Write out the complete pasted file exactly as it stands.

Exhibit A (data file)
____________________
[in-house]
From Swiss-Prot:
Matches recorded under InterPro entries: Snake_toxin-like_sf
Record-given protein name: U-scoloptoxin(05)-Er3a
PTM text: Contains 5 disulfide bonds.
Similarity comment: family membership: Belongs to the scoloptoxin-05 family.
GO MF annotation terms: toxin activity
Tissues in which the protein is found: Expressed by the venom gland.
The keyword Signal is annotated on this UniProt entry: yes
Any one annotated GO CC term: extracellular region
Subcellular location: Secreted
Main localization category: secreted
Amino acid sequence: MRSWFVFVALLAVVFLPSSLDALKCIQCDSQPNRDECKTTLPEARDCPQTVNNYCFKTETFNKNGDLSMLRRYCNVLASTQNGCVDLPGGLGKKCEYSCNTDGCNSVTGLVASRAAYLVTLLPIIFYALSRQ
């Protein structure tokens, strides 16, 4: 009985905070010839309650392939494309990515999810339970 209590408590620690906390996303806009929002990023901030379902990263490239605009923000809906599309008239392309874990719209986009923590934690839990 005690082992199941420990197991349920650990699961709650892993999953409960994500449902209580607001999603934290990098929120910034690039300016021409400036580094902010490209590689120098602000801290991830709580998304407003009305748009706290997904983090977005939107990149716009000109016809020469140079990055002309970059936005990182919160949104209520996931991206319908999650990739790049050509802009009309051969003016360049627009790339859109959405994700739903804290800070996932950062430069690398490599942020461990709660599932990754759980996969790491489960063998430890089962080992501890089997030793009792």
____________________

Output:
[in-house]
From Swiss-Prot:
Matches recorded under InterPro entries: Snake_toxin-like_sf
Record-given protein name: U-scoloptoxin(05)-Er3a
PTM text: Contains 5 disulfide bonds.
Similarity comment: family membership: Belongs to the scoloptoxin-05 family.
GO MF annotation terms: toxin activity
Tissues in which the protein is found: Expressed by the venom gland.
The keyword Signal is annotated on this UniProt entry: yes
Any one annotated GO CC term: extracellular region
Subcellular location: Secreted
Main localization category: secreted
Amino acid sequence: MRSWFVFVALLAVVFLPSSLDALKCIQCDSQPNRDECKTTLPEARDCPQTVNNYCFKTETFNKNGDLSMLRRYCNVLASTQNGCVDLPGGLGKKCEYSCNTDGCNSVTGLVASRAAYLVTLLPIIFYALSRQ
């Protein structure tokens, strides 16, 4: 009985905070010839309650392939494309990515999810339970 209590408590620690906390996303806009929002990023901030379902990263490239605009923000809906599309008239392309874990719209986009923590934690839990 005690082992199941420990197991349920650990699961709650892993999953409960994500449902209580607001999603934290990098929120910034690039300016021409400036580094902010490209590689120098602000801290991830709580998304407003009305748009706290997904983090977005939107990149716009000109016809020469140079990055002309970059936005990182919160949104209520996931991206319908999650990739790049050509802009009309051969003016360049627009790339859109959405994700739903804290800070996932950062430069690398490599942020461990709660599932990754759980996969790491489960063998430890089962080992501890089997030793009792």